What this product has in reliability, it lacks in any sort of additional capabilities. The C.H. Hanson will only find the screws in the studs, not the stud itself, so we were never sure if we were drilling into the center of the stud or not. Sheetrock screws are usually 12-16 inches apart, so it can take a bit of noodling around to find two screws to ensure the line of a stud. Still, for ease of use and no false positives, the CH Magnetic Stud Finder is quite handy.
The Franklin ProSensor 710 proved surprisingly reliable and accurate in our tests. Instead of a screen that lights up when over a stud or stud edge, the ProSensor has a bar of lights that shine when directly over a stud. The lights also always err on the inside of a stud, so as not to give false positive readings. We also liked that it shows the entire stud, which could help when there are nonstandard sized studs behind the sheetrock. It also has a level, a ruler, and a straightedge to make accurate marks on the wall.
As much as we like the display and straightedge, we wish it was a little easier to hold. The ProSensor is oriented horizontally, unlike all the others we tested, and was a little more of a hassle to deal with, especially at odd angles, like finding ceiling joists. It also lacks AC power and metal detection and distinction. Still, it's a reliable tool that seems like it will last a long time.
In juxtaposition to the incredibly simple magnetic stud finders is the Walabot DIY Plus Wall Scanner, which is an attachment for Android smartphones that lets you "see" into your walls. As far as finding studs, we were surprised at how well it worked for sensing things. It did a decent job of differentiating between metal and wood if the material was directly behind the sheetrock, less so the further away it was. It could also detect deep pipes and studs, about 3 inches according to our test results, but at that range, it couldn't accurately say what the material was. The Walabot Plus also detects movement behind walls, if you're looking for the mice chewing up your insulation or the pet hamster that escaped.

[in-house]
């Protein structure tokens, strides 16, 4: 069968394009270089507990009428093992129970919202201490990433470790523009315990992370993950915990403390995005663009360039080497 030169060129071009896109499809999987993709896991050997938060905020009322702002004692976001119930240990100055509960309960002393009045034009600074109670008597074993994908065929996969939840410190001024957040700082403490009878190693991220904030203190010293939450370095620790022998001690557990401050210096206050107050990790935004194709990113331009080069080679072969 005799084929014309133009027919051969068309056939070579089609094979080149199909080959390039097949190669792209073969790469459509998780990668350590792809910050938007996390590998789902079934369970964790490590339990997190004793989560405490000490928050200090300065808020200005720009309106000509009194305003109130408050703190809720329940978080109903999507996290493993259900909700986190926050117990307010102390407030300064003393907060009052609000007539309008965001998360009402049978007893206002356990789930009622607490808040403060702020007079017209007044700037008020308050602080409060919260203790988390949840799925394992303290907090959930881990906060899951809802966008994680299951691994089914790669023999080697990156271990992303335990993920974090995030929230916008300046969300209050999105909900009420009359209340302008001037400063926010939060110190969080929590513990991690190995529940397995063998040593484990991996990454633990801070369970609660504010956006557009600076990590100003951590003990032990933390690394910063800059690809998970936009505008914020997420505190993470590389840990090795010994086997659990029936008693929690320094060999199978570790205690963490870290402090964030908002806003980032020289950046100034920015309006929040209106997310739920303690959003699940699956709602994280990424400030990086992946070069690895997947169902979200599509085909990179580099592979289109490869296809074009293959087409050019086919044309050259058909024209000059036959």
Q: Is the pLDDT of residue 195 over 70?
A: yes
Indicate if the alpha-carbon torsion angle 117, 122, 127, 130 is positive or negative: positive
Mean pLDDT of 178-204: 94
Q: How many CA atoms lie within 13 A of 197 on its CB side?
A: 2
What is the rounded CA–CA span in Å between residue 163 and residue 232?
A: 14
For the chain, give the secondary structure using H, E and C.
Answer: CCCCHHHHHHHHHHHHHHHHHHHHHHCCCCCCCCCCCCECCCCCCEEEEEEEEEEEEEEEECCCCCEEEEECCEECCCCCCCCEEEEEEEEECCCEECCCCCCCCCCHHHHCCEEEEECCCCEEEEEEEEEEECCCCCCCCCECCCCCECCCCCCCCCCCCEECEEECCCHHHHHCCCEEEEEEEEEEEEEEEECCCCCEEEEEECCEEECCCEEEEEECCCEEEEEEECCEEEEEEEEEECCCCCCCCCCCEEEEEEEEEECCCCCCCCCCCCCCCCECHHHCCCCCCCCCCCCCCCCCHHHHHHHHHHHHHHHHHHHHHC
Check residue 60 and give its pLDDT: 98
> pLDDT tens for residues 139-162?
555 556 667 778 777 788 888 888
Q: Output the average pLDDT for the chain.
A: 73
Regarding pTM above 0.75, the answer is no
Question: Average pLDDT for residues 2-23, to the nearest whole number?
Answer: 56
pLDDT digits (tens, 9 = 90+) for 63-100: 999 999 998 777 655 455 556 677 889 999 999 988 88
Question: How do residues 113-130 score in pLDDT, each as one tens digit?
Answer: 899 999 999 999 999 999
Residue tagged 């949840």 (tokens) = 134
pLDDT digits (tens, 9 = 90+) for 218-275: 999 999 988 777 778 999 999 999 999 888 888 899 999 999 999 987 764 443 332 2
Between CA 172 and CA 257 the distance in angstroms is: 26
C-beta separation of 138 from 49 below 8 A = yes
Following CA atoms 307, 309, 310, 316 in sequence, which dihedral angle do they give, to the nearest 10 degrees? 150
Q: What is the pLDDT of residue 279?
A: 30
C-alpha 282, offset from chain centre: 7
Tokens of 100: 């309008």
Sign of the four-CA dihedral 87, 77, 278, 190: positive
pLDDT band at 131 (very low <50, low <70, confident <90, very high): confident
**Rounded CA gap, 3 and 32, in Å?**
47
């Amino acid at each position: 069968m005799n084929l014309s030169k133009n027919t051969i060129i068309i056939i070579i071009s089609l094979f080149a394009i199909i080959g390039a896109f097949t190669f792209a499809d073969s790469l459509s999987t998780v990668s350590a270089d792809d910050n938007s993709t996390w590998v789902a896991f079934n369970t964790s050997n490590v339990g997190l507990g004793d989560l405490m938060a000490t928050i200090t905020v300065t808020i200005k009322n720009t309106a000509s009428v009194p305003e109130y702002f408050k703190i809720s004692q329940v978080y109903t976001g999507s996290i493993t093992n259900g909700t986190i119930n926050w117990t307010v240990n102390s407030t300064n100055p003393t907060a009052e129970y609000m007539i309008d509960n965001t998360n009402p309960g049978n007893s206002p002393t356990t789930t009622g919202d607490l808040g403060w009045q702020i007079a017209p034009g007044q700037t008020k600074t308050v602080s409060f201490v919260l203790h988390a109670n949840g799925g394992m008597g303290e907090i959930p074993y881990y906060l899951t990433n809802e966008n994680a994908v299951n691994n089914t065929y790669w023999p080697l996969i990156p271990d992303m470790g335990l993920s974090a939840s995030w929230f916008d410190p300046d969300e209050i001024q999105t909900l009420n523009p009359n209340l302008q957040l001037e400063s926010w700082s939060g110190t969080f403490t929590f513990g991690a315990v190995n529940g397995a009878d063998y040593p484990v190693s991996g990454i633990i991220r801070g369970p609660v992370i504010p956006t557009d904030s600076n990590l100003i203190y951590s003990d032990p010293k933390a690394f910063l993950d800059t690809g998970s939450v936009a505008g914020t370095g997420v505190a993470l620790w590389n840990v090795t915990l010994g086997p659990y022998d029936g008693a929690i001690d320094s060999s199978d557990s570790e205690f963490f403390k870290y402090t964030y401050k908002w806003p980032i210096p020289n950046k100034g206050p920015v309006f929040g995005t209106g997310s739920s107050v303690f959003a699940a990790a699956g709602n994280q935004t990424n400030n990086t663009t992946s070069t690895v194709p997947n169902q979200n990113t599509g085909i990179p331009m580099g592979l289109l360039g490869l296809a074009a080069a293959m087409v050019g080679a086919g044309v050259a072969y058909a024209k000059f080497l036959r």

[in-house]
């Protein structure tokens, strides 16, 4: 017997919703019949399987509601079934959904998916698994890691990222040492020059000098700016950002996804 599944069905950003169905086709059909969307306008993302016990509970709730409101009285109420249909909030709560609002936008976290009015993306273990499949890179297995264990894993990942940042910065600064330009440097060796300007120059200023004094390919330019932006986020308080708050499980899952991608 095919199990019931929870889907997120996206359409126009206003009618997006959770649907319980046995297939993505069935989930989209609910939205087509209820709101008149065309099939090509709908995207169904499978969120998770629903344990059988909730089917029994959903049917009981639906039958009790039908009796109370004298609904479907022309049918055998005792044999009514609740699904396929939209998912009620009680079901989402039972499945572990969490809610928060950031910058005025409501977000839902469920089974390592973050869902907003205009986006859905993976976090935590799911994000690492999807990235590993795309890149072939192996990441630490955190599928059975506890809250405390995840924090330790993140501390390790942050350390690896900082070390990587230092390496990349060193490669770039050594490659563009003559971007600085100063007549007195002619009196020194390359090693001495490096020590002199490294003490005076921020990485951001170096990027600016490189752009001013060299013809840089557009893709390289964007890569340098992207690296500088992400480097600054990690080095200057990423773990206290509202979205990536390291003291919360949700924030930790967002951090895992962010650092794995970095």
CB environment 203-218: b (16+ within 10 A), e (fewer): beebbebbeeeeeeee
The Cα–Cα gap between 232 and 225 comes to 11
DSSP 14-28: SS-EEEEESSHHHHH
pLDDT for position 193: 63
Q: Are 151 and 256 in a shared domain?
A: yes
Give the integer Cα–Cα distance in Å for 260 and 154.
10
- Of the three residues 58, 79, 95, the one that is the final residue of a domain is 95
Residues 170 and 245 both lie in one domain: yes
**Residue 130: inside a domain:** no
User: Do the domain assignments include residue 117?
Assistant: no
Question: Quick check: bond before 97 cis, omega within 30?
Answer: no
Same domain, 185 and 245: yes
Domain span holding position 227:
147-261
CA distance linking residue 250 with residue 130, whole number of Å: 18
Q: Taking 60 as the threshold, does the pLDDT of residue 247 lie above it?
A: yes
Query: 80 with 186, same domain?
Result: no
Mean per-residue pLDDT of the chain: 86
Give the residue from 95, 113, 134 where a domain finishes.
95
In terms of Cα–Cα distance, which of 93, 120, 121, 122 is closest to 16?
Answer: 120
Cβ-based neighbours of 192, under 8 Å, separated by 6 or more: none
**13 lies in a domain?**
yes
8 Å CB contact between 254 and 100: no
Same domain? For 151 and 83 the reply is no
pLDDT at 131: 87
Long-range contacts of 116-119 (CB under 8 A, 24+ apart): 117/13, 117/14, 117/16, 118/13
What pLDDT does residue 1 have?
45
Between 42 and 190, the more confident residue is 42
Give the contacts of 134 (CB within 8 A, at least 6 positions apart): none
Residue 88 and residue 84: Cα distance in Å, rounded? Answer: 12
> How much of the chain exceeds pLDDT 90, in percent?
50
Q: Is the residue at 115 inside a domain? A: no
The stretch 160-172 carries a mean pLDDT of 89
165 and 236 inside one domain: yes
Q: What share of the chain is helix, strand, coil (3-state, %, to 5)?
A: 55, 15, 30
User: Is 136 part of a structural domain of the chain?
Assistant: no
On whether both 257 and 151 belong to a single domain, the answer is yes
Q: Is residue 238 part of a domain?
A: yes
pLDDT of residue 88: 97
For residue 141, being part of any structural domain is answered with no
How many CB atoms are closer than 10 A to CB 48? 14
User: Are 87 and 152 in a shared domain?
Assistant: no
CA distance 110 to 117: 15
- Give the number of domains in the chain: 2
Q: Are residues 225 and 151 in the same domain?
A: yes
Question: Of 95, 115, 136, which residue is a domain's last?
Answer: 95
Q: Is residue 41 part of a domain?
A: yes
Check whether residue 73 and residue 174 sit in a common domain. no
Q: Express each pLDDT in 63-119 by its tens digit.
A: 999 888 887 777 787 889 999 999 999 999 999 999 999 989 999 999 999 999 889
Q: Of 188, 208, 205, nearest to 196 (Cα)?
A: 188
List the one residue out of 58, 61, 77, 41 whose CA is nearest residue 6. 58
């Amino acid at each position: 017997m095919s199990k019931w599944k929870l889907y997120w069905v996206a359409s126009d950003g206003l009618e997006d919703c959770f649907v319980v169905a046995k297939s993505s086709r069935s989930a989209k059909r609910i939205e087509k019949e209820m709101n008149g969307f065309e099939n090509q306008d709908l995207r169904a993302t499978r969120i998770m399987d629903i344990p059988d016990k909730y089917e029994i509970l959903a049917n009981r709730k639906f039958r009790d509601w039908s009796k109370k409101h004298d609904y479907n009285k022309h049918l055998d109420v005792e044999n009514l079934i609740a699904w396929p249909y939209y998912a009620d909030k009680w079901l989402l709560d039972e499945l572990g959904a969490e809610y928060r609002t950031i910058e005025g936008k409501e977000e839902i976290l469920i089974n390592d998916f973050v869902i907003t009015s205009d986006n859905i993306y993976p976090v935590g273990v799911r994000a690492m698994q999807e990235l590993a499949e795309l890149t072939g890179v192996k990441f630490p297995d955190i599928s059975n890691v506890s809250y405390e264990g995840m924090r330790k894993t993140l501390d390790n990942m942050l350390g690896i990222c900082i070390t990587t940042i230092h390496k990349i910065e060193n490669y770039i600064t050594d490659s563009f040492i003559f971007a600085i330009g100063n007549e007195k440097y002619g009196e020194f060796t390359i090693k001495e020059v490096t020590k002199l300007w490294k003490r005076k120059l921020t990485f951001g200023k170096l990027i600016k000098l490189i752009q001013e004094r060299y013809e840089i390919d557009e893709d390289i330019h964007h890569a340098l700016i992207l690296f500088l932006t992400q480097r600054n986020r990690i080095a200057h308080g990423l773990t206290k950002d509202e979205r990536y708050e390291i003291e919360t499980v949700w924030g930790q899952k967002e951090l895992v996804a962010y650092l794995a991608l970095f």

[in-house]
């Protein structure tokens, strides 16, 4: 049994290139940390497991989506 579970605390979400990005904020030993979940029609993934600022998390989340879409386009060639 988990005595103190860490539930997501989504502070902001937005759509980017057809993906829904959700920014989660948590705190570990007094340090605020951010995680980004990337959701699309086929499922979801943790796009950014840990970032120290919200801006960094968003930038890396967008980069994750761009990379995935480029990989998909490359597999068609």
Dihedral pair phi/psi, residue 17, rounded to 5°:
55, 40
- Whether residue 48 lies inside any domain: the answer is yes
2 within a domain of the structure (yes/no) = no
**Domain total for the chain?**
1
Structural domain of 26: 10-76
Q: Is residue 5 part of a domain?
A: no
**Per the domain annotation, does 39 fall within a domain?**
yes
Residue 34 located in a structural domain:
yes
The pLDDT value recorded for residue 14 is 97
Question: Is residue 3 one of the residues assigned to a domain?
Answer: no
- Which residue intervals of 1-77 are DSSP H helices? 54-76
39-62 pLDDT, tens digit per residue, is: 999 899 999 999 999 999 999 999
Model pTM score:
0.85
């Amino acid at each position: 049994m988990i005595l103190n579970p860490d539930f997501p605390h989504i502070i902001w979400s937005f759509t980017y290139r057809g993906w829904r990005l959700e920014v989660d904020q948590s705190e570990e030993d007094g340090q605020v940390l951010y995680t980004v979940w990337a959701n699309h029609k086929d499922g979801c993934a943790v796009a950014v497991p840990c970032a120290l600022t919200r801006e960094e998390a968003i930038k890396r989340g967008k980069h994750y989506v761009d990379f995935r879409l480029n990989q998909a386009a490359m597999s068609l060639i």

While the Walabot Plus is a unique solution, we think it's making something more complicated than it needs to be. The Walabot requires a specific type of smartphone, plus an app and a cable connecting the phone to the device. Then, it requires registration and setup before you can even begin to use it to find studs. You could use a traditional stud finder to complete the project before you get this device setup. Also, because our smartphone was attached to it, the consequences of dropping it, especially off a ladder, seemed significantly more dire. Because the scanner-plus-phone combo lifts the screen away from the wall, it's also harder to accurately mark the edge of the studs as well. While it's a powerful wall scanner, we don't think this is the best solution for most people.
The Studbuddy Magnetic Studfinder is about as simple as it gets; it's just an oval magnet with a flat side. That's about it. It detects steel studs and drywall screws, or any other ferrous metal in the wall. It never runs out of batteries and requires a lot of effort to break. The shape helps point out vertical studs, but to be accurate, you'd have to use a separate level to draw a straight line up or down to where you want to place a nail or picture hanger. The nice thing about magnetic stud finders is that there are no false positives; either there is metal that the magnet sticks to, or there isn't.
While the StudBuddy is great if there are different things behind the wall that other tools are picking up on, like copper and PVC pipes, it's not exactly the first tool we tend to reach for when looking for studs. Still, some of the best carpenters we know rely solely on magnets and tape measures for all their stud finding needs, so if you like the old-school feel, this might be the solution for you.